Although these products were made for children over the age of six months, the American Academy of Pediatrics says they are okay to use on younger babies if there is no way to avoid the sun. They recommend:
"For babies younger than six months, use sunscreen on small areas of the body such as the face and the backs of the hands if protective clothing and shade are not available. For babies older than six months apply to all areas of the body but be careful around the eyes. If your baby rubs sunscreen into her eyes, wipe the eyes and hands clean with a damp cloth. If the sunscreen irritates her skin, try a different brand or try a sunscreen stick, or sunscreen or sunblock with titanium dioxide or zinc oxide. If a rash develops, talk to your child's doctor."
There are two very important reasons for not overusing sunscreen in young babies:
1. Infants and children have what is called a high body surface to volume ratio. What this means is that proportionately babies have more skin for the size body as compared to an adult. Sunscreens are made of chemicals. On the older child and adult, the chemical exposure is relatively minimal because the body surface ratio is smaller than a baby. Therefore, babies get a higher "dose" of sunscreen than do those older. While this exposure would most likely not cause any problems, the likelihood of an adverse reaction is greater.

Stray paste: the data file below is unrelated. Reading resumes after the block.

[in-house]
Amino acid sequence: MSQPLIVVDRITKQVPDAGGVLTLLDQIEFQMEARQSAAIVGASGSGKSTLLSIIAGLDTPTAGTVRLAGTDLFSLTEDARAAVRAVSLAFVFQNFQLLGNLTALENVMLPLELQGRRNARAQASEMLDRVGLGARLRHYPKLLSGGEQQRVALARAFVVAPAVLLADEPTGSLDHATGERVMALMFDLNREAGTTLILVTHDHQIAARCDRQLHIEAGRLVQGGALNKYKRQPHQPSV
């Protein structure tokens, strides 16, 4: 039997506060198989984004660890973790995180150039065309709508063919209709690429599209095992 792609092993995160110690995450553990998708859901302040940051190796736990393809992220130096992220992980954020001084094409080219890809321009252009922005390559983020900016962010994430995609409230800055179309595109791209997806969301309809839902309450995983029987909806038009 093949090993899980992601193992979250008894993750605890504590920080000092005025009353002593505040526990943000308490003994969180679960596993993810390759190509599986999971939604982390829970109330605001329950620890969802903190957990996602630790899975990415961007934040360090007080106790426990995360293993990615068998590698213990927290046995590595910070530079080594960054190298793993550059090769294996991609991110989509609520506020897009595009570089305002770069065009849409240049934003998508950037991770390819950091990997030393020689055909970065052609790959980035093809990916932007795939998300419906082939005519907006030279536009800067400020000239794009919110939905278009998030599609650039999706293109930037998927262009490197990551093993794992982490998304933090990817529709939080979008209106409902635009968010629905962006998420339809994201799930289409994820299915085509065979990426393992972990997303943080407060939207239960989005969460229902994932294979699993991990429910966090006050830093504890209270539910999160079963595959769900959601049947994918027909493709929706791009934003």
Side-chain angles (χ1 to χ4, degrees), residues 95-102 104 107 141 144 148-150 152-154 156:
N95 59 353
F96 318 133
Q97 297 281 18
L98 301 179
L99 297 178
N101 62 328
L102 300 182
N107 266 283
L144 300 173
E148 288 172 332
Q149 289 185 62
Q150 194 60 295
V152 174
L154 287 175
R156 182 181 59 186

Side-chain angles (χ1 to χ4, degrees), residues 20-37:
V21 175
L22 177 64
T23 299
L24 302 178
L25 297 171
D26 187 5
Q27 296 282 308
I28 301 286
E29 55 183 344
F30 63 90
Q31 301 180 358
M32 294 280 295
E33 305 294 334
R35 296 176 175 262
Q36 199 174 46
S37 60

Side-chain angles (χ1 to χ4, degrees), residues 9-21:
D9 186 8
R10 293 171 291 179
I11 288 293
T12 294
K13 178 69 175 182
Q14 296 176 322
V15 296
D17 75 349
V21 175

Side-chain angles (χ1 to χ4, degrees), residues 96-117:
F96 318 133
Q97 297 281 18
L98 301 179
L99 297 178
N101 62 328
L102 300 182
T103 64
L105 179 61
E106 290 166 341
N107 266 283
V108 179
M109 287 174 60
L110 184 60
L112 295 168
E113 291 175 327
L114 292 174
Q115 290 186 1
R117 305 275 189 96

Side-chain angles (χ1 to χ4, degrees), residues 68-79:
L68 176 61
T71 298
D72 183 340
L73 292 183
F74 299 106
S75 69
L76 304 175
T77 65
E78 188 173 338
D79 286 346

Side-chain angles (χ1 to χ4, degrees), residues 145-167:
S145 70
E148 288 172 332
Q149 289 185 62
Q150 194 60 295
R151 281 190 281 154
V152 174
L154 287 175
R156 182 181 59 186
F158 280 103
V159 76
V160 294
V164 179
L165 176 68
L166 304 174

2. Babies have a mildly impaired mechanism to keep cool by sweating. In addition, they have a greater risk of becoming dehydrated due to heat. Sunscreen can somewhat impair effective cooling by perspiration, so placing too much of it on an infant could be detrimental.
So, in the summertime when there is so much fun to be had outdoors, what's a new parent to do with the baby?
Remember that little ones need extra care in the heat to make sure they do not become dehydrated. How is this done? There are a number of creative ways that you may come up with, but here are a few suggestions:
1. Keep babies under six months of age out of the direct sun.
2. Feed your baby frequently, with breastmilk or formula. The water content in either of these will help keep your baby well hydrated. While a little extra water is okay, one must be careful not to overdo it because babies may actually drink too much of it and suffer from what is called water intoxication which can cause seizures or worse.
3. Use a wide brimmed hat. Most babies will tolerate this with perhaps a little extra distraction at first to help them get used to it.
4. Use light but long clothing. Covering the skin with clothing (while it doesn't fully protect the skin underneath) is a good way avoid sunlight exposure.
5. Use a canopy as much as possible. When in the stroller, put the canopy up. One couple used to take their portable crib which had mesh sides and turn it upside down on the baby while she napped. This kept the sun as well as the bugs away!
I'm sure your baby and your family love the time together at the lake, but it is very important to keep your little one undercover. Remember, up to 85 percent of the sun's rays may be reflected off the water or sand, so try to rig up protection to help avoid this indirect yet potent source of burning. Finally, I suggest you try enjoying the shaded areas around the lake during peak sun hours (10am to 4pm) while saving the water time for later in the evening.